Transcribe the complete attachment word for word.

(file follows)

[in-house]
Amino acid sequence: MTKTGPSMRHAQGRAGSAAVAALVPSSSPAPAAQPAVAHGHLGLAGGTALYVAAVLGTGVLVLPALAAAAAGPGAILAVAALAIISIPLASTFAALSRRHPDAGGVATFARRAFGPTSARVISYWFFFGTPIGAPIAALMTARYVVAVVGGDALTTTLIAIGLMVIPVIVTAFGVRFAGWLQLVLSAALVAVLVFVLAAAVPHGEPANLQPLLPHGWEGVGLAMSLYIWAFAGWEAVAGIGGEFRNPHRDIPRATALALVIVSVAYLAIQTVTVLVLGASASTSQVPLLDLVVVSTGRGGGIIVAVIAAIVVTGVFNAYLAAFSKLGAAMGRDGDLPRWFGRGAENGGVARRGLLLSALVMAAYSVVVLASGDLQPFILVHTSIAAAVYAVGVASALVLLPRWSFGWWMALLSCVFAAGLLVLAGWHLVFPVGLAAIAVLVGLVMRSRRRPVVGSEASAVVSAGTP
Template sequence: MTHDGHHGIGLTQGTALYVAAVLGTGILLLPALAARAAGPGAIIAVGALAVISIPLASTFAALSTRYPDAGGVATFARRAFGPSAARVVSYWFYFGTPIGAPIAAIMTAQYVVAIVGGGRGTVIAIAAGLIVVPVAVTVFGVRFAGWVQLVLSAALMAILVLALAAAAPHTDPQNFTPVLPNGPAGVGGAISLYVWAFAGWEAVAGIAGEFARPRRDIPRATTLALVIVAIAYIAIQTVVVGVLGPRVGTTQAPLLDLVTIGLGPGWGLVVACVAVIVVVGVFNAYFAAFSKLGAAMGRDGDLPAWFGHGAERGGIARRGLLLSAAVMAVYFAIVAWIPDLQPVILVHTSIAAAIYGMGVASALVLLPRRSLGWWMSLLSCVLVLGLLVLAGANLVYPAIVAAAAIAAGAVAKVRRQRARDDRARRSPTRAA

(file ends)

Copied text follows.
[in-house]
Amino acid sequence: MTKTGPSMRHAQGRAGSAAVAALVPSSSPAPAAQPAVAHGHLGLAGGTALYVAAVLGTGVLVLPALAAAAAGPGAILAVAALAIISIPLASTFAALSRRHPDAGGVATFARRAFGPTSARVISYWFFFGTPIGAPIAALMTARYVVAVVGGDALTTTLIAIGLMVIPVIVTAFGVRFAGWLQLVLSAALVAVLVFVLAAAVPHGEPANLQPLLPHGWEGVGLAMSLYIWAFAGWEAVAGIGGEFRNPHRDIPRATALALVIVSVAYLAIQTVTVLVLGASASTSQVPLLDLVVVSTGRGGGIIVAVIAAIVVTGVFNAYLAAFSKLGAAMGRDGDLPRWFGRGAENGGVARRGLLLSALVMAAYSVVVLASGDLQPFILVHTSIAAAVYAVGVASALVLLPRWSFGWWMALLSCVFAAGLLVLAGWHLVFPVGLAAIAVLVGLVMRSRRRPVVGSEASAVVSAGTP
Template sequence: MTHDGHHGIGLTQGTALYVAAVLGTGILLLPALAARAAGPGAIIAVGALAVISIPLASTFAALSTRYPDAGGVATFARRAFGPSAARVVSYWFYFGTPIGAPIAAIMTAQYVVAIVGGGRGTVIAIAAGLIVVPVAVTVFGVRFAGWVQLVLSAALMAILVLALAAAAPHTDPQNFTPVLPNGPAGVGGAISLYVWAFAGWEAVAGIAGEFARPRRDIPRATTLALVIVAIAYIAIQTVVVGVLGPRVGTTQAPLLDLVTIGLGPGWGLVVACVAVIVVVGVFNAYFAAFSKLGAAMGRDGDLPAWFGHGAERGGIARRGLLLSAAVMAVYFAIVAWIPDLQPVILVHTSIAAAIYGMGVASALVLLPRRSLGWWMSLLSCVLVLGLLVLAGANLVYPAIVAAAAIAAGAVAKVRRQRARDDRARRSPTRAA